ANTHROPOLOGIE
International Journal of Human Diversity and Evolution
 
Coverage: 1923-1941 (Vols. I-XIX) & 1962-2019 (Vols. 1-57)
ISSN 0323-1119 (Print)
ISSN 2570-9127 (Online)
News:
It is with deep regret and profound sadness that we inform all colleagues: Doc. MUDr. Vladimír Novotný, CSc, a long-time member of the editorial board of the Anthropologie, has died on 30th November 2019 at the age of 80 years.
World Archaeological Congres 9
 

 
 
 
 
 
 
 
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Full text of article
'Chlachula J, 1994: Varsity Estates - A Palaeo-American Site in Southwestern Alberta, Canada (1990-1992 Investigations). Anthropologie (Brno) 32, 2: 101-127'.
 
Abstract
Recent investigations in the Bow River valley, southwestern Alberta, Canada, provided evidence of a Palaeo-American occupation significantly predating the earliest (final Pleistocene) Palaeoindian cultures in this part of North America. Two formally identical stone tool assemblages produced from local clastic rocks have been recorded in deeply buried Late Pleistocene geological contexts. The flaked lithics display apparent technological and typological similarities with Palaeolithic industries from northeastern Eurasia. At Site 1 (the Varsity Estates Site) discussed in this paper, stone artifacts occur partly redeposited in a Cordilleran (the Bow Valley) till derived by a Rocky Mountain glacier, but also in situ on a gravelly surface of the till buried by glaciolacustrine deposits, more than 20 m thick, which were accumulated during the maximum Laurentide ice advance into the Calgary area. Simple, direct, hard-percussion was the dominant flaking technique, although soft-hammer percussion blade technology is also present. The formal typology of core tools consists of a variety of crudely modified pebble tools, including choppers, chopping-tools, large scrapers on cobbles and exceptionally bifaces. Flake tools mostly occur as steeply retouched side scrapers; occasionally as end scrapers, including carinate forms, and simple dihedral and other burins. Utilized flakes and unmodified débitage are present. An early Late Wisconsinan age (ca. > 21,000 B.P.) is assumed for the artifact assemblage. Palynological data associated with the lithic record indicate a cool semiarid interstadial climate. The cultural evidence supports the concept of a pre-Clovis occupation of North America, and implies adaptation of the early prehistoric people to periglacial conditions.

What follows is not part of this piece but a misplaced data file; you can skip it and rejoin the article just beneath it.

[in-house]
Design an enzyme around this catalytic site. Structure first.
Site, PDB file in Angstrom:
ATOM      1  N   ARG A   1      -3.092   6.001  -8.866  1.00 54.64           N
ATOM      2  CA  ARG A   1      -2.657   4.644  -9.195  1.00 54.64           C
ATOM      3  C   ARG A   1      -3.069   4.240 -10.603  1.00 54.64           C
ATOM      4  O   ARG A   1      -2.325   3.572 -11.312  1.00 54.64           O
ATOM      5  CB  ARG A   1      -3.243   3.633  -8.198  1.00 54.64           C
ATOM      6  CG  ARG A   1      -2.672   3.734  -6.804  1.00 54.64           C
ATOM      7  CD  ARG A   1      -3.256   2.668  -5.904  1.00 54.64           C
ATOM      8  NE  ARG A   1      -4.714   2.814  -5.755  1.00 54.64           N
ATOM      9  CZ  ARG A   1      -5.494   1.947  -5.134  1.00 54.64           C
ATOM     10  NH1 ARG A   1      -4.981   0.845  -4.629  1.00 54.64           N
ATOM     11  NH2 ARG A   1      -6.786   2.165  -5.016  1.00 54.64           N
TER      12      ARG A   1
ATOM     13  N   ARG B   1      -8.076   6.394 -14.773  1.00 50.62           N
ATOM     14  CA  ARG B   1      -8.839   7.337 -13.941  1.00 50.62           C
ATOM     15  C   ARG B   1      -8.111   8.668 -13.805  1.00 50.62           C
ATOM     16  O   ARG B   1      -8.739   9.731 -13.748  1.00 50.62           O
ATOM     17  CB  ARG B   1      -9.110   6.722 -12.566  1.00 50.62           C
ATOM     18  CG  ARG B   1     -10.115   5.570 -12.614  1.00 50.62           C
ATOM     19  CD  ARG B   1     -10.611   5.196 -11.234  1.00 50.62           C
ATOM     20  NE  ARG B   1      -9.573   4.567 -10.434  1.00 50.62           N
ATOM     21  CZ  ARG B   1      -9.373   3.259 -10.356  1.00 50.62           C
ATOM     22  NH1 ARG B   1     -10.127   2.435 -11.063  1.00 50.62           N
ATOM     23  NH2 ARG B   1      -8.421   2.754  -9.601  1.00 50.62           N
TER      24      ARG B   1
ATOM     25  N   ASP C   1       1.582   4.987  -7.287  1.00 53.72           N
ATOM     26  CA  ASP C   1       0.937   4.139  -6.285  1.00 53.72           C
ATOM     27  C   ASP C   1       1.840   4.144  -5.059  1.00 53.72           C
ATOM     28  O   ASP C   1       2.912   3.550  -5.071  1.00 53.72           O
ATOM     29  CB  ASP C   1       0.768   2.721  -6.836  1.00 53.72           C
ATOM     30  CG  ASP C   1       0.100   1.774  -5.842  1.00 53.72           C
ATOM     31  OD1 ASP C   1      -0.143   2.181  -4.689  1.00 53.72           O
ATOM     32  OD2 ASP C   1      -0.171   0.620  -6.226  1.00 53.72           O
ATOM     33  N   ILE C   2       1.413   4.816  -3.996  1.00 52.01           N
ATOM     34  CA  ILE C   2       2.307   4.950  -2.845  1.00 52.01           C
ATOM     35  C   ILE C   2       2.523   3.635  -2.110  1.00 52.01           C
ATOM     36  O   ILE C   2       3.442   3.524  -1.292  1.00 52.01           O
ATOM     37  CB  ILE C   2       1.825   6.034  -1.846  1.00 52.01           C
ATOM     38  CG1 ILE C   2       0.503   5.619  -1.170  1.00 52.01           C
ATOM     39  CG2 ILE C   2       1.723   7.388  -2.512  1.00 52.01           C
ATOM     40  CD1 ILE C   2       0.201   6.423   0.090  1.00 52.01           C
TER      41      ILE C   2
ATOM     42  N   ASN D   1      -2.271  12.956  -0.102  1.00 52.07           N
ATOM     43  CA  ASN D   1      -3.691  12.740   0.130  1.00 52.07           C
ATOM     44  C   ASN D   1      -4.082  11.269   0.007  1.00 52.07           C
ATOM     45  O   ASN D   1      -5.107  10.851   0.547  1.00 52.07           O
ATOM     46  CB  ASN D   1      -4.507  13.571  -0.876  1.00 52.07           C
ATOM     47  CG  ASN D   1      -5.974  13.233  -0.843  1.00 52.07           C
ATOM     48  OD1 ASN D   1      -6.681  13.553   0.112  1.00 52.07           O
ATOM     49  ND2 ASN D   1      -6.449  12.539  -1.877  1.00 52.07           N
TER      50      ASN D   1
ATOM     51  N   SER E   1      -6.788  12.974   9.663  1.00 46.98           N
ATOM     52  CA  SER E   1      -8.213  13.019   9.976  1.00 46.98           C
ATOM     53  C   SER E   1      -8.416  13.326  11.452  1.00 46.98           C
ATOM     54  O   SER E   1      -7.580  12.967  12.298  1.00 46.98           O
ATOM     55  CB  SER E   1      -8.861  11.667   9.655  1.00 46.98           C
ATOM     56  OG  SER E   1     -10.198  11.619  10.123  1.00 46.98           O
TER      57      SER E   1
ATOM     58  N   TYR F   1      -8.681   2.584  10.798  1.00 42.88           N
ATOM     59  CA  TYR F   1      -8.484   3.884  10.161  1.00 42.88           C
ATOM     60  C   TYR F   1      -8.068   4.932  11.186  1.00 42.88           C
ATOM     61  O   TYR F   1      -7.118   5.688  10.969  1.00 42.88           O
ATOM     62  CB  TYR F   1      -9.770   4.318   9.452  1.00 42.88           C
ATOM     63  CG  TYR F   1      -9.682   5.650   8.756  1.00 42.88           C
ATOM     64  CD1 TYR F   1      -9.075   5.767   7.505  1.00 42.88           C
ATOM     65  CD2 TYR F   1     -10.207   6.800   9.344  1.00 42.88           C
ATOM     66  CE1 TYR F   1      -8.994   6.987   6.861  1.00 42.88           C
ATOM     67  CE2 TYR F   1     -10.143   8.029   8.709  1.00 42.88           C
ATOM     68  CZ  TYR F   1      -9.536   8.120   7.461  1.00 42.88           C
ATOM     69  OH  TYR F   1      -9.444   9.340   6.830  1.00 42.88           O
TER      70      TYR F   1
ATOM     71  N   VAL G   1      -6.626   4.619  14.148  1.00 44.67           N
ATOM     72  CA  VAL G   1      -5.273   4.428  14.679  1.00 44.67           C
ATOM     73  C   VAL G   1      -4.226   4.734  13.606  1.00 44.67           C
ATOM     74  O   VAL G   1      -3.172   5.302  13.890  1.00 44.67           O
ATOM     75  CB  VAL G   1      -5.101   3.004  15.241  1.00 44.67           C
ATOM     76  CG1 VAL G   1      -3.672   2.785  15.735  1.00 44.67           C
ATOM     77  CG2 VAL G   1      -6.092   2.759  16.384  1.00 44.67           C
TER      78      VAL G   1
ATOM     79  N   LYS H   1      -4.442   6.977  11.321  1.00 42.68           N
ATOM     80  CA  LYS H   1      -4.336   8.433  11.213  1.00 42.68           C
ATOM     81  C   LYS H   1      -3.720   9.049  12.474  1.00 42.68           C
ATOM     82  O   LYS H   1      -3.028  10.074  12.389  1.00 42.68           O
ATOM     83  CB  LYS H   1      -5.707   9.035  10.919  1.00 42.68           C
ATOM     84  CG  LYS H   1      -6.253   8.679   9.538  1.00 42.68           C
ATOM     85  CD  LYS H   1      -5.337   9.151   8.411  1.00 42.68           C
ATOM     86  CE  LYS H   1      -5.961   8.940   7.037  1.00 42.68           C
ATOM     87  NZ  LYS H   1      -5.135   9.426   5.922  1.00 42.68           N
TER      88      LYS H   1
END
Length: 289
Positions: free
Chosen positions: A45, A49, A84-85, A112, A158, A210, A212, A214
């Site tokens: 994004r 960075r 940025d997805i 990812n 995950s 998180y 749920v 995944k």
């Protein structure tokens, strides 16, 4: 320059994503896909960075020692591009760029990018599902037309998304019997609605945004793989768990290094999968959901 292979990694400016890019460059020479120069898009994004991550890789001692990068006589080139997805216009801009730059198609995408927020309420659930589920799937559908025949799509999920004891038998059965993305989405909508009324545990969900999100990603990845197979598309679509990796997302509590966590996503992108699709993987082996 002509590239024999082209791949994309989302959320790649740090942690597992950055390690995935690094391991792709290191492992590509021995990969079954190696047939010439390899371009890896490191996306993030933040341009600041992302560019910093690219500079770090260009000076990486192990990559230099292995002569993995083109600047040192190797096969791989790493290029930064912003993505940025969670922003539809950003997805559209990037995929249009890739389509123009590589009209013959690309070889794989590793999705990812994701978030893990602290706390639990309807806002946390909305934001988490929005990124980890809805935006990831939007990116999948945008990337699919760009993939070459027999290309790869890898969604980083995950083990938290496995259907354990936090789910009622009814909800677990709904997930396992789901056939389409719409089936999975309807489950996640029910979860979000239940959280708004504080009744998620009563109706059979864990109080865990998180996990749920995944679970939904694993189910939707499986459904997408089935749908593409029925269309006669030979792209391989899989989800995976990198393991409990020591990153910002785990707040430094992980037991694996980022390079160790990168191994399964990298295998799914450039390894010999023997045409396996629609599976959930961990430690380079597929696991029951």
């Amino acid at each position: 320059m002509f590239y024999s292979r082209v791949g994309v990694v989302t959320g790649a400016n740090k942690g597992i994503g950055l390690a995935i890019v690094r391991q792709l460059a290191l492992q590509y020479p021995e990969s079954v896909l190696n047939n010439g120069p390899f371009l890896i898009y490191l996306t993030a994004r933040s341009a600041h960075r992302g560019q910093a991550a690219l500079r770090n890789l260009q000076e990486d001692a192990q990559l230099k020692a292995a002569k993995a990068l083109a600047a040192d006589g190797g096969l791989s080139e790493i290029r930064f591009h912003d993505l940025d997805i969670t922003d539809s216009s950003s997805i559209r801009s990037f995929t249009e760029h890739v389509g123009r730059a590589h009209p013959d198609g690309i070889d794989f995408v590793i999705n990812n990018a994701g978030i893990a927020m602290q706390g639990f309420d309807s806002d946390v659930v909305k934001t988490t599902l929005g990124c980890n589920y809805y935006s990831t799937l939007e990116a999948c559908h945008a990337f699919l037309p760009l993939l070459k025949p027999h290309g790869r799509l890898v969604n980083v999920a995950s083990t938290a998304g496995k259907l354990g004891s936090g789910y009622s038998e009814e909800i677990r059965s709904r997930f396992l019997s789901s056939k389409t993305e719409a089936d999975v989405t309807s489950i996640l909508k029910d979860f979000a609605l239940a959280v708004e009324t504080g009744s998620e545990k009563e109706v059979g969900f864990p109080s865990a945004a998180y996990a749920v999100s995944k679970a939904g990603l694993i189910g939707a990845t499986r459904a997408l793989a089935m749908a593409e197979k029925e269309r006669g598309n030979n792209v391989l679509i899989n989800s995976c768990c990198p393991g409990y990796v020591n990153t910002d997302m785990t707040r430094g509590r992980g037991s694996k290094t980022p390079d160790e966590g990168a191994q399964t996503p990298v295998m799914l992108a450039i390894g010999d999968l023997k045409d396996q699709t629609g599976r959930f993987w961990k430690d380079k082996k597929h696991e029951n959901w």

Keywords
Southwestern Alberta - Calgary Site 1 - Palaeo-American occupation - Lithic industry - Mid- and Late Wisconsinan - Cordilleran and Laurentide glaciations
 
 
 
 

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